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. Last Updated: 07/27/2016

Opera Moves to Railroad Platform, Disappoints

Stanislavsky and nemirovich-danchenko musical theaterLarisa Andreyeva as Charlotte and Sergei Balashov as Werther in Goethe’s story of a man turned suicidal by love.

In the staging of opera these days, it has become quite the fashion among directors and designers to move the action to a time and place different from those specified in the opera’s libretto. Which is all well and good, if the changes somehow illuminate the story and allow the musical performance to proceed unhindered.

Moscow has seen highly successful shifts of both time and place in Novaya Opera’s versions of Giuseppe Verdi’s “Nabucco,” which is set in some unspecified fascist country during the 1930s, and Gioacchino Rossini’s “The Barber of Seville,” where the time is the 1920s and constructivist architecture serves as the scenic background. It has also witnessed some failures, most notably, of late, the Bolshoi Theater’s modern-dress production of Georges Bizet’s “Carmen,” which ridiculously turns the story into a charade played out within the confines of a cigarette factory.

The new staging of French composer Jules Massenet’s “Werther” at the Stanislavsky and Nemirovich-Danchenko Musical Theater, which made its debut there late last month, belongs, I’m sorry to say, among productions of the latter kind. No harm was done by moving the action forward from the 1770s, its setting in both the libretto and the underlying story taken from Johann Wolfgang von Goethe’s novel “The Sorrows of Young Werther,” to the 1890s, when the opera was written. But the decision of director Mikhail Bychkov and designer Emil Kapelyush to site the action entirely on a railroad platform seemed entirely at odds with the intimate nature of the drama and did nothing that I could discern to cast any meaningful new light on the story.

The opera tells the tale of a young artist named Werther who, settling temporarily in the provincial German town of Wetzlar, falls in love with Charlotte, a daughter of the local Bailiff (or, as he seems in Bychkov’s staging, the town stationmaster). Charlotte, as it turns out, has promised herself to a certain Albert and soon marries him. But Werther persists in visiting her. Eventually, Charlotte begs him not to visit so frequently. In a state of utter depression, Werther asks to borrow Albert’s pistols, proceeds to shoot himself and dies in Charlotte’s arms.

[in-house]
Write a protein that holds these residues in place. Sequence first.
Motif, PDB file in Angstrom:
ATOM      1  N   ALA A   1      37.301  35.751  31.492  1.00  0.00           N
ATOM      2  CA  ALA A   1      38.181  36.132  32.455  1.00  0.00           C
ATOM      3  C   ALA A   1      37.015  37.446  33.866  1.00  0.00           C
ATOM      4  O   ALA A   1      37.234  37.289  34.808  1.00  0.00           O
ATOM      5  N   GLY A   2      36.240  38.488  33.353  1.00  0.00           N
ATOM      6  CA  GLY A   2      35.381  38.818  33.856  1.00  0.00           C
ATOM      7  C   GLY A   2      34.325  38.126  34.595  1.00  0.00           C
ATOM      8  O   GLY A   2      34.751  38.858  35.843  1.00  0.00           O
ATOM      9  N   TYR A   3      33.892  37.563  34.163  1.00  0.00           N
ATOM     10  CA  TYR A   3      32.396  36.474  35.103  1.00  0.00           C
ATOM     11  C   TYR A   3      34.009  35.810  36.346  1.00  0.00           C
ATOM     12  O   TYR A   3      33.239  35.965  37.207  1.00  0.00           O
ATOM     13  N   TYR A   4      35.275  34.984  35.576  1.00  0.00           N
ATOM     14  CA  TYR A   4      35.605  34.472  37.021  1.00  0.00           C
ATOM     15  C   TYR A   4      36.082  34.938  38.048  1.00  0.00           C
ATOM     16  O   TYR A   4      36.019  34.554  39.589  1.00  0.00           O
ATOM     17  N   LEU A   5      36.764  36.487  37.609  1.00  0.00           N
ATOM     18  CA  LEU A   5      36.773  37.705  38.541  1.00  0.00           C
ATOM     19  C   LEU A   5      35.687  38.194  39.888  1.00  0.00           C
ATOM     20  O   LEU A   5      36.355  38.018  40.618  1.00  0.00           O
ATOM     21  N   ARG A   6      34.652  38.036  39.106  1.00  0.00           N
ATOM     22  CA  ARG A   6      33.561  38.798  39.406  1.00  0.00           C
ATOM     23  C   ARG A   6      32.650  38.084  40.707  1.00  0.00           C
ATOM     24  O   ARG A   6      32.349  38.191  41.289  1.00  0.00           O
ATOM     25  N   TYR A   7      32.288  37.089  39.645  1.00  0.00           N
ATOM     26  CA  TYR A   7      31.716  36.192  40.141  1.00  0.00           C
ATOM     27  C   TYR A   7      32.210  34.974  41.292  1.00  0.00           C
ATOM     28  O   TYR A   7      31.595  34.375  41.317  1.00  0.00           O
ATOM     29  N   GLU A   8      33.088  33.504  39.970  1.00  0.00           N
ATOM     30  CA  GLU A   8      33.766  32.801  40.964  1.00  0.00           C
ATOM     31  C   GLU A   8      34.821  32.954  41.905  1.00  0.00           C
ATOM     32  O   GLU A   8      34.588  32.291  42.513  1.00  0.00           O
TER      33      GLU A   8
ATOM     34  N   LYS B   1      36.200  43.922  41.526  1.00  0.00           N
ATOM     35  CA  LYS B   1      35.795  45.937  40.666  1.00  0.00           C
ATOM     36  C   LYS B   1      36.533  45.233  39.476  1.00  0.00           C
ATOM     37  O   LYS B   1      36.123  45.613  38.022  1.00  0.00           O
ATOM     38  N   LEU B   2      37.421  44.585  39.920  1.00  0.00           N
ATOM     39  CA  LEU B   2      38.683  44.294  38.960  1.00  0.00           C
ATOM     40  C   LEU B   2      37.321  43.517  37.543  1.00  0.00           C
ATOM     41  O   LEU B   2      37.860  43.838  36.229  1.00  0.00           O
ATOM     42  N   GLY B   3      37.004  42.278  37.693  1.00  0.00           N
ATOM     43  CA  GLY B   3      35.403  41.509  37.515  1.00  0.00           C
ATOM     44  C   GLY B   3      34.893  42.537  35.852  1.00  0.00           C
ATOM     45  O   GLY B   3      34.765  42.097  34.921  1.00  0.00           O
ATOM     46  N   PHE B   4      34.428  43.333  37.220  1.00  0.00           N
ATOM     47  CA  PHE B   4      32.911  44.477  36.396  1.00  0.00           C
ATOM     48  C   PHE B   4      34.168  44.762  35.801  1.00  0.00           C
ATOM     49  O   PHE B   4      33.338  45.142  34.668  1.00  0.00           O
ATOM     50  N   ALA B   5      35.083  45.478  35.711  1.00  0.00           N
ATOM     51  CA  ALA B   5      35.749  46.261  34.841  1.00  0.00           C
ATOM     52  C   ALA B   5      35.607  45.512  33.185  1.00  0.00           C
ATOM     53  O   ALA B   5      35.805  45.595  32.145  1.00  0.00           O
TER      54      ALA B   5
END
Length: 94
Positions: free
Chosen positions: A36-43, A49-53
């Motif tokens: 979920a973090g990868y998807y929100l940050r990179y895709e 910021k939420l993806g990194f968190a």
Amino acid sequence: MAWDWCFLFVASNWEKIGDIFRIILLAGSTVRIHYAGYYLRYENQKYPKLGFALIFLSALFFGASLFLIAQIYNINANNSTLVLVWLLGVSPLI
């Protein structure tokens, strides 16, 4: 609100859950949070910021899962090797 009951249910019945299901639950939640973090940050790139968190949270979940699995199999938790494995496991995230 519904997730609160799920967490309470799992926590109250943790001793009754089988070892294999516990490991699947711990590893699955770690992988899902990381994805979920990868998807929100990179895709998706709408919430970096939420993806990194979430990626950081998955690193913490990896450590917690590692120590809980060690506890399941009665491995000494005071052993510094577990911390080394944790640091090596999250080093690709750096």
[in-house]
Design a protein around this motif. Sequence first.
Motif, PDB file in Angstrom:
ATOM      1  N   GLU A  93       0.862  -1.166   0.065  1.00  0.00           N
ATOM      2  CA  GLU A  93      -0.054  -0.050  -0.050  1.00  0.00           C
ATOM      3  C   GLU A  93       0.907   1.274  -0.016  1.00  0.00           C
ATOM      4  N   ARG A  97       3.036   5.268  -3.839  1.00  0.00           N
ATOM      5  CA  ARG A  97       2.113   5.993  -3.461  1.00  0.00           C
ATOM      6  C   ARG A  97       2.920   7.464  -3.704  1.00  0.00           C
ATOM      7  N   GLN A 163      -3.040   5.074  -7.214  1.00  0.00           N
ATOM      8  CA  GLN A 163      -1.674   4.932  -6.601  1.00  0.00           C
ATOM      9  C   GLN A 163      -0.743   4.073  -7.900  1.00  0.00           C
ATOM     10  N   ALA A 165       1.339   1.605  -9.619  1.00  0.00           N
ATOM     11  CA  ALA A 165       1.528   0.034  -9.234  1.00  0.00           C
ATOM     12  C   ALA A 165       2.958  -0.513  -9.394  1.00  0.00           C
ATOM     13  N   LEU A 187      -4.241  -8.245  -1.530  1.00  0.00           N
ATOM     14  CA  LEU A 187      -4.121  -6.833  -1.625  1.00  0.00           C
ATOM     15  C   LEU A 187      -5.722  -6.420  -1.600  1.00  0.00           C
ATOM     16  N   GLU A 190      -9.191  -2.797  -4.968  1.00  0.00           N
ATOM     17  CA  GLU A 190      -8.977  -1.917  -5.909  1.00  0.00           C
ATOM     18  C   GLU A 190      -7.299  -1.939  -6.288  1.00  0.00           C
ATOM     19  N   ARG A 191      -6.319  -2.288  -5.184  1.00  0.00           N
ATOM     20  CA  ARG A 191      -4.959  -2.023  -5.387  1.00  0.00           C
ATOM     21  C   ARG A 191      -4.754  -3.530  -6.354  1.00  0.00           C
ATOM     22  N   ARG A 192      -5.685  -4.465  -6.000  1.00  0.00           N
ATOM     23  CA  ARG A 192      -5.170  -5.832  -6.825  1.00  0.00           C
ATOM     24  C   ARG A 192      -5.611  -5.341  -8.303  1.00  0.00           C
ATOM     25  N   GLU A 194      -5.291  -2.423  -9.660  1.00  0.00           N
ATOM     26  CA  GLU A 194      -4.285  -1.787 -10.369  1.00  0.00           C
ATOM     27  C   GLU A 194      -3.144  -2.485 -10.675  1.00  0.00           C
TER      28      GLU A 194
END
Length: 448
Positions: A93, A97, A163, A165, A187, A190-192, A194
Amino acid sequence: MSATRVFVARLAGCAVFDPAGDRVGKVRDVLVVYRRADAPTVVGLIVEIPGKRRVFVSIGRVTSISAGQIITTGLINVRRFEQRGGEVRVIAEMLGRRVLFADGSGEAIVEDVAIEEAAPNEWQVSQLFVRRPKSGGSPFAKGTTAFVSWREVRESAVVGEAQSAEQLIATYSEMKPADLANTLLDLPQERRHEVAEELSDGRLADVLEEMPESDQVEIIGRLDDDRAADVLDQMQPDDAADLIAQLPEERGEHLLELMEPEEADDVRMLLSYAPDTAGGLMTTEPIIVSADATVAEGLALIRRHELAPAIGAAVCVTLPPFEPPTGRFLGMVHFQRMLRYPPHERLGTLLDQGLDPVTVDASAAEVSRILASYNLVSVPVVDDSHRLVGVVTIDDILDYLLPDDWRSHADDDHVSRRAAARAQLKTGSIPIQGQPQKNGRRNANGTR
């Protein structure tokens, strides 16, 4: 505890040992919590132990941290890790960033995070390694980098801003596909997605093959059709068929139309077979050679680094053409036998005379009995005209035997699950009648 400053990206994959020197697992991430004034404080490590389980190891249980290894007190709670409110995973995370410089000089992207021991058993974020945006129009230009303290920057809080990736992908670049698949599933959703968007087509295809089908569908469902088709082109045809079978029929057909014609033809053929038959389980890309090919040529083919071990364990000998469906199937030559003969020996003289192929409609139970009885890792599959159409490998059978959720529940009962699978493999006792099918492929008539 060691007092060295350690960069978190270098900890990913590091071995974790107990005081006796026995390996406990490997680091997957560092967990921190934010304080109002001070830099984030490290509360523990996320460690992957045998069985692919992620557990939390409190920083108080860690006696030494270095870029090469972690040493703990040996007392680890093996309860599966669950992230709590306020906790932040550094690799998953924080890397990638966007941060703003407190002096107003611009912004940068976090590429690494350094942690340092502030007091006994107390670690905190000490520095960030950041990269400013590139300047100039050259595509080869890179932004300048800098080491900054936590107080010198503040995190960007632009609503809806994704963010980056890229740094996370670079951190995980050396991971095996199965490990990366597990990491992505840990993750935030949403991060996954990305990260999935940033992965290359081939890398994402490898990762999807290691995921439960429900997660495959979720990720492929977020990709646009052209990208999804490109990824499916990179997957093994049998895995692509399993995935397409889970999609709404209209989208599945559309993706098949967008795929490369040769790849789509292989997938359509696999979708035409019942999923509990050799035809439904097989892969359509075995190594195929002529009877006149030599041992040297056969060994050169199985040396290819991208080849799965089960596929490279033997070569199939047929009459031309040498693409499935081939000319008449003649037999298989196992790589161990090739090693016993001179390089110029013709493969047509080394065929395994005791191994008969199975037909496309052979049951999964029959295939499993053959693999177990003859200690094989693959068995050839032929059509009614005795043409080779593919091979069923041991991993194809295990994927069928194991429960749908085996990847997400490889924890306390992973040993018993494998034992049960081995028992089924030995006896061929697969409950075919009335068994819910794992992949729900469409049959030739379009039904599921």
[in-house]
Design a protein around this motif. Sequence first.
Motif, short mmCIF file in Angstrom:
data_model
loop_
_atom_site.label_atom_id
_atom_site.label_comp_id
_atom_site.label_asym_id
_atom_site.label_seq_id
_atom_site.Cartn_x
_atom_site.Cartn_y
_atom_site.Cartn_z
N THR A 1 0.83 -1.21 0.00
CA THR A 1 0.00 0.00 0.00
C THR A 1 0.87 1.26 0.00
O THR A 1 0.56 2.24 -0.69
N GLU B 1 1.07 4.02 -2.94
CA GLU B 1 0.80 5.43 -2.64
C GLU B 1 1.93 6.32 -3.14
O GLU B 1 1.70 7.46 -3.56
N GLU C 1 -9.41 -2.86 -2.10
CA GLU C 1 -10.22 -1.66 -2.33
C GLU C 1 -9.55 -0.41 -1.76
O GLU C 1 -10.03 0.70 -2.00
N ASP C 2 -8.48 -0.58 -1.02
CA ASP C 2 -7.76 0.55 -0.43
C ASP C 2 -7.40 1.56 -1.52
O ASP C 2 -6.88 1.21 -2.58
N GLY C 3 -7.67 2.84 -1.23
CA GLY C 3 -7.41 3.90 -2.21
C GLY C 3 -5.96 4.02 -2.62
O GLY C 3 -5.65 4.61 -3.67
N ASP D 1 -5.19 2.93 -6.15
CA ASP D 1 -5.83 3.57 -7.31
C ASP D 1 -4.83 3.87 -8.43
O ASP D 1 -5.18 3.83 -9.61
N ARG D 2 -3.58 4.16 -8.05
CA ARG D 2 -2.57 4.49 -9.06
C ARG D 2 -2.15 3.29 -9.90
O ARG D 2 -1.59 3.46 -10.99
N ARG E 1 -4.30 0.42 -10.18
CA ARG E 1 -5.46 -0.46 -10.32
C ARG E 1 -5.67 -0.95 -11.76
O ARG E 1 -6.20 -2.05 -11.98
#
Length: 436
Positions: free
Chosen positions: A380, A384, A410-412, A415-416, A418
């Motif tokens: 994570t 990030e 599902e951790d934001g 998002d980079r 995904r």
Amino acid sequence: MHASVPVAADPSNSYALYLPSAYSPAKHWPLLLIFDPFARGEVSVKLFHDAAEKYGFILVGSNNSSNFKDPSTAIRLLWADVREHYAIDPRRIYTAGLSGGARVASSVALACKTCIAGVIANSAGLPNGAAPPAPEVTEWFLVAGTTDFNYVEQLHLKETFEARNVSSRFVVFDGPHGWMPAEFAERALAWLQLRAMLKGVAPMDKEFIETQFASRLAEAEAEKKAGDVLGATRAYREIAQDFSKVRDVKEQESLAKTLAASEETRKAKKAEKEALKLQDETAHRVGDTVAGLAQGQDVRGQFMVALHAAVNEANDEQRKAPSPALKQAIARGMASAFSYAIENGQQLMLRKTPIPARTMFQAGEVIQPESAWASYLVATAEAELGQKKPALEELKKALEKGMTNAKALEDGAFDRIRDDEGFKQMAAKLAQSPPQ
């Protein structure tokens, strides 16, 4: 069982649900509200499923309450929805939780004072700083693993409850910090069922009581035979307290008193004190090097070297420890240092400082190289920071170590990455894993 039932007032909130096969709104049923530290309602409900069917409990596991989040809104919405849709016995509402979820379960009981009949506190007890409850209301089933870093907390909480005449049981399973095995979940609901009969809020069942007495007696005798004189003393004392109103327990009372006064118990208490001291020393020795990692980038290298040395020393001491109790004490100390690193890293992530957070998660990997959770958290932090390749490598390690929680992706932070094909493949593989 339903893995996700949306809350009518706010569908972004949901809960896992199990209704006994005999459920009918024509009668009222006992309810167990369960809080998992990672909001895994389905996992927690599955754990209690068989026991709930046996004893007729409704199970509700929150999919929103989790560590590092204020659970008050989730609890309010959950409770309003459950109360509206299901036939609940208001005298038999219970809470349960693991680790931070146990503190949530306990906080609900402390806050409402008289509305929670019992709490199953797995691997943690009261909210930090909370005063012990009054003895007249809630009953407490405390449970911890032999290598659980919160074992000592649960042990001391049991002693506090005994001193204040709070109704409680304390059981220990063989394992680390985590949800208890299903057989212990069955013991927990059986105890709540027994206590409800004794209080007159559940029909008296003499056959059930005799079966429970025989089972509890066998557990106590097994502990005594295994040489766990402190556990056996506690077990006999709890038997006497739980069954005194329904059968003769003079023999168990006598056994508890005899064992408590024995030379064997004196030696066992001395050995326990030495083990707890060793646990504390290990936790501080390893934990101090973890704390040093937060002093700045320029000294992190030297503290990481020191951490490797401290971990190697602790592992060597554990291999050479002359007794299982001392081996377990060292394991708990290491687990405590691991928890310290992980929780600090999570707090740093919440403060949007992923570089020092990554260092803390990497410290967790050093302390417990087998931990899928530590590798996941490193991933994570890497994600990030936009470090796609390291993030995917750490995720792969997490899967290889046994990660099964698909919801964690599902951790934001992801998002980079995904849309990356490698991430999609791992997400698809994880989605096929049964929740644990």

Perhaps I made a mistake on the eve of the premiere last month in re-listening to the almost 80-year-old classic recording of “Werther” that features the greatest French tenor of the 20th century, Georges Thill, and the leading French soprano of the day, Ninon Vallin. I didn’t go to the Stanislavsky and Nemirovich-Danchenko the following evening expecting to hear anything of that caliber. But I was more than a little astounded by how very far short most of the singers fell in achieving anything like authentic French vocal style or accurately pronouncing the French text. Perhaps the theater might have been better advised to present “Werther” in Russian, as was the case in all previous Moscow productions, starting with its local premiere at the Bolshoi in 1904.

Style and pronunciation aside, both the singing and the acting left much to be desired. Most commendable of all in either of the two casts were the wonderfully bright soprano voice and lively stage presence that Natalya Petrozhitskaya brought to the role of Charlotte’s sister Sophie.

Tenor Sergei Balashov gave a mostly stylish vocal performance of the title role. But his all-too-generous form and curious mannerisms on stage came nowhere close to suggesting the romantic figure described in Goethe’s novel. Balashov has a fine voice, but I can’t help but think, as I have at past performances, that his future career would be greatly enhanced were he to exercise a bit of discipline both in trimming his physique and in ridding himself of those mannerisms of his that seem likely over time to become increasingly annoying. The other Werther, Anton Orlov, proved stiff in both voice and in stage demeanor.

Director Bychkov gave neither tenor a real chance to shine in the famous aria “Pourquoi Me Reveiller,” thanks to placing them sprawled on the floor, their heads resting on a pile of books, for much of the music’s brief span.

Larisa Andreyeva played the role of Charlotte with considerable elegance, but sounded raw-voiced whenever called upon for volume in the middle register. Her counterpart, Yelena Maksimova sang quite beautifully, but acted without much purpose or conviction.

Bass Roman Ulybin gave an appropriately genial account of the bailiff. In the alternate cast, the gravelly voiced Dmitry Stepanovich brought along his all-too-familiar bag of scene-stealing tricks, turning the bailiff into little more than a caricature.

Musically, the best to be found in the new “Werther” was conductor Felix Korobov’s unusually sensitive interpretation of the orchestral score.

“Werther” (Verter) next plays on Oct. 19 at 7 p.m. at the Stanislavsky and Nemirovich-Danchenko Musical Theater, located at 17 Bolshaya Dmitrovka. Metro Chekhovskaya, Pushkinskaya. Tel. 650-23-93,